Mark Fridvalszki

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In the history of mankind, lookout points has always been played a significant role in the process of culturalization. These orientation points as venues that ideal for the contemplation of the surrounding environment are simultaneously turning the sight into a landscape and into an observer the viewer. These special points are also appropriate to parcel, articulate and transform the incoordinated relief of the landscape into a distinct geographical context. Thus, the lookout points are always the birthplaces both of the structured geographical consciousness and of the structured geographical terrain. It is not a coincidence that Roland Barthes remarked that anyone who looks down to Paris from the Eiffel-tower, already 'makes structuralism' with one's own eyes. Or rather, the visitors are always already (re)framing that certain spectacle, that was composed both from and to this viewpoint. Therefore, the lookpoints are not only manifestos of the self-realization of the observer, but also its alienation from the view. This particular relation is best displayed in C. F. Friedrich's famous painting, where a solitary wanderer in his urban outfit looks through the misty landscape that spreads under his feet. He does not measure himself with nature that represented as a confused entity, but with the horizon that is more suitable for incarnating the subliminal. This is the way how that certain paradigm of the observer that is uprooted and alienated from the sight was born. That peculiar conception what technologically and culturally foremost culminated in the cartesian paradigm of the camera obscura, but which has already been constituted by the 'peephole metaphysics' (Theodor W. Adorno) of western thinking and eventuated a special paradoxity: the more sophisticated observational techniques are available to the observer, the more it seems to loose the relationship with the observed object.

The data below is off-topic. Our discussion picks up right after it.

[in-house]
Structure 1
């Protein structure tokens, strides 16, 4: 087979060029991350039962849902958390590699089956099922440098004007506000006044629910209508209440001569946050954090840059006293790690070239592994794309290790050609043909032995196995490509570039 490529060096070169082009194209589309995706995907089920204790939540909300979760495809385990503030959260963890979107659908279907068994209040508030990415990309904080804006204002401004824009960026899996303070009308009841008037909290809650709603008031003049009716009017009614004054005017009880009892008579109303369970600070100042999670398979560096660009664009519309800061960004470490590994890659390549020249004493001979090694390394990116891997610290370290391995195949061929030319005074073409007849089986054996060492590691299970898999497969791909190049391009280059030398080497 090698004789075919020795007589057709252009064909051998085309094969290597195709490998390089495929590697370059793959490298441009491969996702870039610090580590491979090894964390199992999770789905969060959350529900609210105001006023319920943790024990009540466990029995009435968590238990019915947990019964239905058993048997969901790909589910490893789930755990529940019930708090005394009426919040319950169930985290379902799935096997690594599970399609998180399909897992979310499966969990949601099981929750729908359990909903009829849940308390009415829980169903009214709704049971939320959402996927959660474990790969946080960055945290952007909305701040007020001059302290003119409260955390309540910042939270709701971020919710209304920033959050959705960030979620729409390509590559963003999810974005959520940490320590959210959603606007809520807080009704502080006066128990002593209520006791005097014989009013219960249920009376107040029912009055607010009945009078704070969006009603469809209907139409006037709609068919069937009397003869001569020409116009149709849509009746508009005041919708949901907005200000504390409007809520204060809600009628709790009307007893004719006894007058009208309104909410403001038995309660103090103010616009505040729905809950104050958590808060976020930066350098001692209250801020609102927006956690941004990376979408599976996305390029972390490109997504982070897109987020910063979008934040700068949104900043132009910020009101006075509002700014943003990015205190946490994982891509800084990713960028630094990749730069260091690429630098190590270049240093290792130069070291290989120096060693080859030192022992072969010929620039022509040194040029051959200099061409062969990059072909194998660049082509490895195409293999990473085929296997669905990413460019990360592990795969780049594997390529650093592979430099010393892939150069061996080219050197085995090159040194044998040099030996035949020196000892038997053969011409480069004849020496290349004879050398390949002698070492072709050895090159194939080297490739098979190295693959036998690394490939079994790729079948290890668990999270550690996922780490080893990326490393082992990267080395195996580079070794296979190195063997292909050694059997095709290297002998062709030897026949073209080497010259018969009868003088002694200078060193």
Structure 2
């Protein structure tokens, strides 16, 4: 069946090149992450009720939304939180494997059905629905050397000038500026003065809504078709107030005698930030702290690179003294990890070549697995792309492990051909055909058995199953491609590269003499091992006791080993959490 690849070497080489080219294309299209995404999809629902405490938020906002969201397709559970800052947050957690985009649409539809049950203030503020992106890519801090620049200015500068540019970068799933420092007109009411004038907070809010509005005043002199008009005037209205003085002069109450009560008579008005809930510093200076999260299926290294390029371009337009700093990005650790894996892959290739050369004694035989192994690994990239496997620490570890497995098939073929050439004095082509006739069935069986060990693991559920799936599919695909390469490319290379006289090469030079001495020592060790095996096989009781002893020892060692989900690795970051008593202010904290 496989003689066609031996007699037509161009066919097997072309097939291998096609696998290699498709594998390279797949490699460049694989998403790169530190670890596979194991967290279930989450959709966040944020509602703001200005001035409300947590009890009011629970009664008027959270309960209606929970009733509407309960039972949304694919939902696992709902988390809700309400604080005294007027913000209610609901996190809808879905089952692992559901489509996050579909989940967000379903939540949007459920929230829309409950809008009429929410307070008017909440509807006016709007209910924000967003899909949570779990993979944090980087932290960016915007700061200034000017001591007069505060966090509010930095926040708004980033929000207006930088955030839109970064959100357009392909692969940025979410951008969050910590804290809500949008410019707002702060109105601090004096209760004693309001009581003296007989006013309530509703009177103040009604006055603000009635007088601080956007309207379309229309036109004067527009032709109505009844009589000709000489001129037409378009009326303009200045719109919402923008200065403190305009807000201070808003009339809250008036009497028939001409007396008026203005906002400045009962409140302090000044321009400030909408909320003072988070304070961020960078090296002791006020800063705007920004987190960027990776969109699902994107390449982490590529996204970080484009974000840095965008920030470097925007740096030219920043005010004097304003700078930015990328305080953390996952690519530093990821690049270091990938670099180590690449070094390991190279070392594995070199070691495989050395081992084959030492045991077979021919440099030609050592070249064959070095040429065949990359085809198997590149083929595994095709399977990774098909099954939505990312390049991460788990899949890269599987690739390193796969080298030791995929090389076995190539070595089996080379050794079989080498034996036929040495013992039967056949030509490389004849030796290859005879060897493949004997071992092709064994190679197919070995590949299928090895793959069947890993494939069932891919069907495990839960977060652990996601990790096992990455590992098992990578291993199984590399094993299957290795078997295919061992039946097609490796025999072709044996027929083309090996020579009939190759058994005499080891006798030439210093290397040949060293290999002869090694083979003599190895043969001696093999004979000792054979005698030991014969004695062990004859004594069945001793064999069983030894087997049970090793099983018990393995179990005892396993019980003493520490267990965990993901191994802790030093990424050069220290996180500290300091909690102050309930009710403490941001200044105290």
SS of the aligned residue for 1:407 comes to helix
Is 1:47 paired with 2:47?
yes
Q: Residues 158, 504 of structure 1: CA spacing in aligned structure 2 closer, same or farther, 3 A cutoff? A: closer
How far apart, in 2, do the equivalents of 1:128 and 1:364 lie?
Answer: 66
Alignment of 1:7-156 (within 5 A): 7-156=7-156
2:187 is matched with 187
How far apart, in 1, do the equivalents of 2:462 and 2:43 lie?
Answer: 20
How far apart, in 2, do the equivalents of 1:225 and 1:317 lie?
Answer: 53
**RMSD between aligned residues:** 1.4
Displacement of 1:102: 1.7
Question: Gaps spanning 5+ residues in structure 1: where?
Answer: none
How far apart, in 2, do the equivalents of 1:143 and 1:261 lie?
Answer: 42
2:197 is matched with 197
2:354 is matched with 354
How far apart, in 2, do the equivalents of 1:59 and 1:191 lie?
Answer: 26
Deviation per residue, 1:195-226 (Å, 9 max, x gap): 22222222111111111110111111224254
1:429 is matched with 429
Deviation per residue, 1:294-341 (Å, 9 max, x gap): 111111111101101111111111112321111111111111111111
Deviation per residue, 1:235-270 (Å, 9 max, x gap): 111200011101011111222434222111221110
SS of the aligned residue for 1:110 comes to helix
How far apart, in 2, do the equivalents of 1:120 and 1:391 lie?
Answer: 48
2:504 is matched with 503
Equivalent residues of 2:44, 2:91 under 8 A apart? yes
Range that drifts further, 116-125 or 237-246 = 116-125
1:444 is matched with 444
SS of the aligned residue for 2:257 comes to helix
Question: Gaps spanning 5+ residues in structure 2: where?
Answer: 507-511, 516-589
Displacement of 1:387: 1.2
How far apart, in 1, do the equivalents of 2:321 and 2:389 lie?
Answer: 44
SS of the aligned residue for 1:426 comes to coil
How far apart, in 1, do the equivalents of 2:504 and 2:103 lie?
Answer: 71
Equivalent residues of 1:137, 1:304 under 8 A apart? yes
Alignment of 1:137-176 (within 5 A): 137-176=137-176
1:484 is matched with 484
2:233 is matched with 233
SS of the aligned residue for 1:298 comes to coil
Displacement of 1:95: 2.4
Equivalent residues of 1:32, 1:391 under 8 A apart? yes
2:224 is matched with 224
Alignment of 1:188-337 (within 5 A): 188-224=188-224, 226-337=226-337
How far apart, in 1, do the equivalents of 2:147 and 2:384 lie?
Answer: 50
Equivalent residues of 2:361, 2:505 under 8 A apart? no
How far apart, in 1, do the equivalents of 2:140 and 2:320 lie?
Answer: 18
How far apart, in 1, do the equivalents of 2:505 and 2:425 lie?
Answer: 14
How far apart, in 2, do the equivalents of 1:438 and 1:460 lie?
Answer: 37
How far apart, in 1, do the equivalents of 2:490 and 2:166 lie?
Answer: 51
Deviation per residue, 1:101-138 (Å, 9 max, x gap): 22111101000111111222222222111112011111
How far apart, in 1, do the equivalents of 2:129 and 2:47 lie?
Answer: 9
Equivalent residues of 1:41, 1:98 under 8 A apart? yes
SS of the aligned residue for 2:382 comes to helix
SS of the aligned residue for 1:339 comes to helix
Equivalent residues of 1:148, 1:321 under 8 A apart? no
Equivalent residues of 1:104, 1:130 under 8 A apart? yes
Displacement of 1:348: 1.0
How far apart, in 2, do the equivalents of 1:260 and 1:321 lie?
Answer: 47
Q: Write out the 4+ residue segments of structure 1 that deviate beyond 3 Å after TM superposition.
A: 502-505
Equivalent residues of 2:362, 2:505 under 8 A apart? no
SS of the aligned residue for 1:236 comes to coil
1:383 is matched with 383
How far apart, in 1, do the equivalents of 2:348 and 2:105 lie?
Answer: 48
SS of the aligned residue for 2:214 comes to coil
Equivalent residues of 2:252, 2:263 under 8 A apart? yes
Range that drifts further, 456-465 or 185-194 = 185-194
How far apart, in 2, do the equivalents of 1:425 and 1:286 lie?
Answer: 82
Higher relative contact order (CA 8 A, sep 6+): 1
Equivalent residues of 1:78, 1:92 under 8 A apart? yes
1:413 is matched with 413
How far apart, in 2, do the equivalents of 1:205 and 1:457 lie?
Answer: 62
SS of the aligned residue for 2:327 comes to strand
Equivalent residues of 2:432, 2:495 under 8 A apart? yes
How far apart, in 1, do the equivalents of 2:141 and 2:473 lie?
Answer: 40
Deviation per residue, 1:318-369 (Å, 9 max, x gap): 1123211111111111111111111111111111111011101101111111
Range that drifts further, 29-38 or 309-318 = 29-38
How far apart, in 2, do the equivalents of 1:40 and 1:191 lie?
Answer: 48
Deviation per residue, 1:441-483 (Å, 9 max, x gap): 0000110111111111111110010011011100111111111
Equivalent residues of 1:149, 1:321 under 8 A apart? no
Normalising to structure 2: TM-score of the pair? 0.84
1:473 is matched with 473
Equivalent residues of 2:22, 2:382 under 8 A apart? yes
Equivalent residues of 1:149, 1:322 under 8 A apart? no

Conversely, the Geoscape both as a cultural metaphor and as a discursive object aims to recommend an alternative way how this paradigm could be exceeded. The Geoscape as a lookout point simultaneously composes the surrounding environment into a landscape and locates its geography in an earth historical, or 'geostorical' (Bruno Latour) context. Therefore the Geoscape is capable to enrich the self-reflection of the observer with the consciousness of the Anthropocene. According to this, 'behind' the spatial and temporal dimensions of the everyday human life (corresponding to the robustness of the materiality), a deeper structure of time and space consciousness trails, that is capable of opening up a width of our existence. (Zsolt Miklósvölgyi)

"Geoscape" (acrylic transfer on plaster, each 40x40cm) 2014

© Mark Fridvalszki 2008 - 2021
Last Revision: 10 - 11 - 2017